In the mix: Quade Cooper, Bernard Foley, Christian Leali'ifano, Matt Toomua.
Overview: The Wallabies' biggest conundrum is still without an obvious answer. The three men above, Toomua aside, have each had their moments this season but there is a distinct lack of consistency. That is perhaps best reflected by Bernard Foley's missed conversion attempt, which would have rescued a bonus point, in the Waratahs' loss to the Sharks. Just a week earlier, however, Foley outplayed Cooper in a head-to-head battle at the SCG. Leali'ifano, meanwhile, continues to fly a touch under the radar at the Brumbies but the veteran playmaker actually boasts the best defensive success rate [80 percent] of the trio. It may be that Cheika and his selection panellists opt for whom they feel is the best fit outside Genia and who can free up the rampaging Samu Kerevi at No. 12. What will be interesting is the impending return of Matt Toomua; he joins up with the Rebels in a matter of weeks.
INSIDE BACKS: 3
On the plane: Samu Kerevi
In the mix: Billy Meakes, Karmichael Hunt, Matt Toomua
On the slide: -
Overview: The midfield carries an asterisk, of sorts, given Israel Folau's pending Code of Conduct hearing. But regardless of how that plays out, Wallabies coach Michael Cheika is already on the record as saying "he can't pick Folau right now." How that affects this position relates to Kurtley Beale and the likelihood of him being viewed more as a fullback, rather than an inside centre, as is now the case at the Waratahs. But such is the form that Samu Kerevi has continued to display, that Cheika would be mad to entertain any other option at No. 12. The only concern with the Reds skipper's performance is a centre-high 20 missed tackles; when you compare that with, say, Ryan Crotty's five from only one fewer game, the need to partner Kerevi with a defensively sound outside centre is obvious. From a utility value, Karmichael Hunt, who will now get an extended run at inside centre for NSW, may just offer a little more than Meakes from the bench while Toomua is just as capable at 12 as he is at 10.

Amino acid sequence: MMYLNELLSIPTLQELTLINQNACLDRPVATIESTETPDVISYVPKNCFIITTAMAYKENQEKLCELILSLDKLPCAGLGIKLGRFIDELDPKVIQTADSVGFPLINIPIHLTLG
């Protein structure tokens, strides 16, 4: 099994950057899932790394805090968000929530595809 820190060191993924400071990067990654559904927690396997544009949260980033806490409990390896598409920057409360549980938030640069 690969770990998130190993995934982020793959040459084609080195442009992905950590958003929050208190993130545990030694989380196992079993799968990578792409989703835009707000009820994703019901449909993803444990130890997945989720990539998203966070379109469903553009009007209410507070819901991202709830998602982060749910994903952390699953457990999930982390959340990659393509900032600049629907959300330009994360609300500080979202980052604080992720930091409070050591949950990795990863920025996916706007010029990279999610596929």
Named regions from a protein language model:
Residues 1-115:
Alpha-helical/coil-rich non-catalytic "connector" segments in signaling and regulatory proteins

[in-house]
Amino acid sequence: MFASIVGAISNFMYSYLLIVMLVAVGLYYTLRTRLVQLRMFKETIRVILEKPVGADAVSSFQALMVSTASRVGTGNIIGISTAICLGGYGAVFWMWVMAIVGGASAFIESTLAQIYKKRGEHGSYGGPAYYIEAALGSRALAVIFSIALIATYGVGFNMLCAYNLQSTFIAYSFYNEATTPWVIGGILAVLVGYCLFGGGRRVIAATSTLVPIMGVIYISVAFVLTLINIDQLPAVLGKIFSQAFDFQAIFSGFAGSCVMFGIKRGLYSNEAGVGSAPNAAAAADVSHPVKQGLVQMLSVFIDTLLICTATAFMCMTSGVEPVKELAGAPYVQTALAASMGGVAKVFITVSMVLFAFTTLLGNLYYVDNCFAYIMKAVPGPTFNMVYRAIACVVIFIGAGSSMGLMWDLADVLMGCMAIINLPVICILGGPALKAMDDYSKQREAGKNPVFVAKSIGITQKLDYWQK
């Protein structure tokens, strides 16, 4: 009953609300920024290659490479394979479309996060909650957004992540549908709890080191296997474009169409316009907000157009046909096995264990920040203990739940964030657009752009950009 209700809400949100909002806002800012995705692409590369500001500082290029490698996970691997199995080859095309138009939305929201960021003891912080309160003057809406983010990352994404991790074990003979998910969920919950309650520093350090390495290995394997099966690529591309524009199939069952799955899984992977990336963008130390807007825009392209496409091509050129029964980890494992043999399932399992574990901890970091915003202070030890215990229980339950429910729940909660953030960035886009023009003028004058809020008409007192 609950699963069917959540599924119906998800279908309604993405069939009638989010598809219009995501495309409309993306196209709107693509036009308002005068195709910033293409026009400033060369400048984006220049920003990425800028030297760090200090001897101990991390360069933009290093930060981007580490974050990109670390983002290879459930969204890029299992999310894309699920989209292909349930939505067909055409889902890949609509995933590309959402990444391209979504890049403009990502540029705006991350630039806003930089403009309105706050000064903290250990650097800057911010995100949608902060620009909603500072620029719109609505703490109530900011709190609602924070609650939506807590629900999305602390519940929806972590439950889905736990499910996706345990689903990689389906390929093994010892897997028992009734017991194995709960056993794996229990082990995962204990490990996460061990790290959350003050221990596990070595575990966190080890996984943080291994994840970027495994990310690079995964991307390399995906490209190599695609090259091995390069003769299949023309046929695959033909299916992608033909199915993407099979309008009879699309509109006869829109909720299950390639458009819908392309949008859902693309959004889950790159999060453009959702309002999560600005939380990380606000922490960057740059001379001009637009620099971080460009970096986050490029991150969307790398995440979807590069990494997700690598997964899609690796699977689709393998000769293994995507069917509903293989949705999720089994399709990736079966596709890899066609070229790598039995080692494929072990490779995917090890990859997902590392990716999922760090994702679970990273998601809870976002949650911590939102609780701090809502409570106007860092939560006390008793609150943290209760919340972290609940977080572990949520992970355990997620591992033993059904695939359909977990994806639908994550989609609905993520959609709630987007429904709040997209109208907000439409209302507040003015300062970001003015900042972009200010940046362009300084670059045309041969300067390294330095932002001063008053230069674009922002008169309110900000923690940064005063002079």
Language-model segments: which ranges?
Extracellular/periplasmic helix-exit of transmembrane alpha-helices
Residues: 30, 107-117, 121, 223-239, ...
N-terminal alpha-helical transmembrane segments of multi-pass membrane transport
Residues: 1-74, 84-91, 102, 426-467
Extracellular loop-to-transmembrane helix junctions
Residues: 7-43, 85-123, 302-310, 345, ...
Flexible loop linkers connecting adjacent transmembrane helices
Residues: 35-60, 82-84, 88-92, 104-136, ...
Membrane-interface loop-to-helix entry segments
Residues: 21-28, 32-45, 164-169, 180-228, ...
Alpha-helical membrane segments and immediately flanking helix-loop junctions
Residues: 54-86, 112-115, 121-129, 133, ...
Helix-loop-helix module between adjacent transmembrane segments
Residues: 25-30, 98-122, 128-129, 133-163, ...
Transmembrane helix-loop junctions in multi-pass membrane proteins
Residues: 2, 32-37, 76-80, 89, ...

OUTSIDE BACKS: 7
On the plane: Tom Banks, Kurtley Beale, Tevita Kuridrani
In the mix: Jack Maddocks, Adam Ashley-Cooper, Marika Koroibete, Chris Feauai-Sautia, Sefa Naivalu, Henry Speight, Reece Hodge
On the slide: Dane Haylett-Petty, Curtis Rona
Overview: With the Folau situation still fluid, but with all signs suggesting he won't be in Japan, Tom Banks and Kurtley Beale have moved into the box-seat to start at fullback, particularly with Dane Haylett-Petty sidelined by injury. Both men are thus on their way to Japan, in our books anyway, while Tevita Kuridrani remains the obvious choice at outside. He has been solid without being brilliant amid Adam Ashley-Cooper's improving form; you know what you're going to get from the veteran utility and he looks to be firming as the man most likely to push Kuridrani. Chris Feauai-Sautia could yet be an option, though, particularly if he continues his rich recent vein of form. So often cut down by injury, Feauai-Sautia is at last stringing games together; his most recent effort in the Reds' win over the Sharks returning nine runs for 50 metres, two clean breaks and tackle busts each, and a five-pointer to boot. With potentially four or more spots up for grabs, the outside backs carry plenty of intrigue.